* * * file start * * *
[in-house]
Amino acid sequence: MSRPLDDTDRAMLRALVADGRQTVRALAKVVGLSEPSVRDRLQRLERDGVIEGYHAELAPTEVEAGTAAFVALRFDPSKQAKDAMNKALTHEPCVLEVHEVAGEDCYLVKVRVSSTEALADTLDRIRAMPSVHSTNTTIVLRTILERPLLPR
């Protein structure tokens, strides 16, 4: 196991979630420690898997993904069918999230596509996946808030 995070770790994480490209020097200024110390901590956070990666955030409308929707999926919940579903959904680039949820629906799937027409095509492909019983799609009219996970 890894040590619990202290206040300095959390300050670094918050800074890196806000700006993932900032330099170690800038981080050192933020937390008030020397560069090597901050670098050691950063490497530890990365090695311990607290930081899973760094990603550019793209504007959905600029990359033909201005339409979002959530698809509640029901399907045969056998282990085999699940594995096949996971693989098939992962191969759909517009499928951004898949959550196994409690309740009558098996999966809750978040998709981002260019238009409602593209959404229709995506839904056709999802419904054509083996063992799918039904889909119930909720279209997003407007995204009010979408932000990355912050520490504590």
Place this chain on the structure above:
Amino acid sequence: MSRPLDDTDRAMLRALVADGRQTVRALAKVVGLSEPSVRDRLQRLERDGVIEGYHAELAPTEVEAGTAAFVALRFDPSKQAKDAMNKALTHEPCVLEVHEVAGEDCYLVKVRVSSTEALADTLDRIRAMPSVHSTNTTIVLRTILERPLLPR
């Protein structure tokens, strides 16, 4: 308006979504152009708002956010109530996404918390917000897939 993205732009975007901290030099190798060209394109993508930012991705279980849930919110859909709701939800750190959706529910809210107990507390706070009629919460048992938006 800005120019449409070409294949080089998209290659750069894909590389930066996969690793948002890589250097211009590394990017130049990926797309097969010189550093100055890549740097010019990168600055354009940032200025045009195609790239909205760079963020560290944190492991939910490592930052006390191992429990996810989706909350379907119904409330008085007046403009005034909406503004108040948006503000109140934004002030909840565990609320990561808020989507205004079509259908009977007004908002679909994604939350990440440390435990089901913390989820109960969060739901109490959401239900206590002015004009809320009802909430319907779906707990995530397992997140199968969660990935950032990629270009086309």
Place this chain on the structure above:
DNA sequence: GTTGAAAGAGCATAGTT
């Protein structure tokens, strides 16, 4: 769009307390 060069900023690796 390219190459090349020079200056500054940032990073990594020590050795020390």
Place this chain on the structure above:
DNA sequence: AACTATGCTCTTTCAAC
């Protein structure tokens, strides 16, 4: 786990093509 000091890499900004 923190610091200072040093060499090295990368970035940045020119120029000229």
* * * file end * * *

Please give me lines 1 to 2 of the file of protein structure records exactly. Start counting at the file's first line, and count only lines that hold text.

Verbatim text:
[in-house]
Amino acid sequence: MSRPLDDTDRAMLRALVADGRQTVRALAKVVGLSEPSVRDRLQRLERDGVIEGYHAELAPTEVEAGTAAFVALRFDPSKQAKDAMNKALTHEPCVLEVHEVAGEDCYLVKVRVSSTEALADTLDRIRAMPSVHSTNTTIVLRTILERPLLPR